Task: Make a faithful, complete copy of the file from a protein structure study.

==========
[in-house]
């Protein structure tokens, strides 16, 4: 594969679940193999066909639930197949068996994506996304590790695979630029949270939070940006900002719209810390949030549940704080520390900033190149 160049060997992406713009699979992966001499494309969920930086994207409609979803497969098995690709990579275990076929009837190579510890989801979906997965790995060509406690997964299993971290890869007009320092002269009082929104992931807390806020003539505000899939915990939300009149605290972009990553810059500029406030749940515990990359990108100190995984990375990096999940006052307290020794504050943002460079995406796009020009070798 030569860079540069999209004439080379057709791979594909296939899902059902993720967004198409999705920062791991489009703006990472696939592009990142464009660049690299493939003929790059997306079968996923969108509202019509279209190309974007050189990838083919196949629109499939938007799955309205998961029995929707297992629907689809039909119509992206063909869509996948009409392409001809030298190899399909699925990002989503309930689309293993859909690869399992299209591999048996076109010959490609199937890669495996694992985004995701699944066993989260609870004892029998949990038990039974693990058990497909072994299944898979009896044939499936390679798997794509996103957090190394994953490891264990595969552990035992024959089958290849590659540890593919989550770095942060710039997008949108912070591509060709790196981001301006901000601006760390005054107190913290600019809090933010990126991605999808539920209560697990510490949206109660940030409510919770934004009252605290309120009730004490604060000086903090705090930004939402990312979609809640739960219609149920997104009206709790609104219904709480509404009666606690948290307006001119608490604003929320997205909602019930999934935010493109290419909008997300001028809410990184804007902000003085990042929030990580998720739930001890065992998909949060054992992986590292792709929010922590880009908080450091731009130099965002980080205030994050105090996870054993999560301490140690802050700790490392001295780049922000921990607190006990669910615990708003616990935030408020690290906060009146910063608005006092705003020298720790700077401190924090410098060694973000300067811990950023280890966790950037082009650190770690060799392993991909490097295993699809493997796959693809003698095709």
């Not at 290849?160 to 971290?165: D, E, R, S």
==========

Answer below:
[in-house]
């Protein structure tokens, strides 16, 4: 594969679940193999066909639930197949068996994506996304590790695979630029949270939070940006900002719209810390949030549940704080520390900033190149 160049060997992406713009699979992966001499494309969920930086994207409609979803497969098995690709990579275990076929009837190579510890989801979906997965790995060509406690997964299993971290890869007009320092002269009082929104992931807390806020003539505000899939915990939300009149605290972009990553810059500029406030749940515990990359990108100190995984990375990096999940006052307290020794504050943002460079995406796009020009070798 030569860079540069999209004439080379057709791979594909296939899902059902993720967004198409999705920062791991489009703006990472696939592009990142464009660049690299493939003929790059997306079968996923969108509202019509279209190309974007050189990838083919196949629109499939938007799955309205998961029995929707297992629907689809039909119509992206063909869509996948009409392409001809030298190899399909699925990002989503309930689309293993859909690869399992299209591999048996076109010959490609199937890669495996694992985004995701699944066993989260609870004892029998949990038990039974693990058990497909072994299944898979009896044939499936390679798997794509996103957090190394994953490891264990595969552990035992024959089958290849590659540890593919989550770095942060710039997008949108912070591509060709790196981001301006901000601006760390005054107190913290600019809090933010990126991605999808539920209560697990510490949206109660940030409510919770934004009252605290309120009730004490604060000086903090705090930004939402990312979609809640739960219609149920997104009206709790609104219904709480509404009666606690948290307006001119608490604003929320997205909602019930999934935010493109290419909008997300001028809410990184804007902000003085990042929030990580998720739930001890065992998909949060054992992986590292792709929010922590880009908080450091731009130099965002980080205030994050105090996870054993999560301490140690802050700790490392001295780049922000921990607190006990669910615990708003616990935030408020690290906060009146910063608005006092705003020298720790700077401190924090410098060694973000300067811990950023280890966790950037082009650190770690060799392993991909490097295993699809493997796959693809003698095709």
């Not at 290849?160 to 971290?165: D, E, R, S």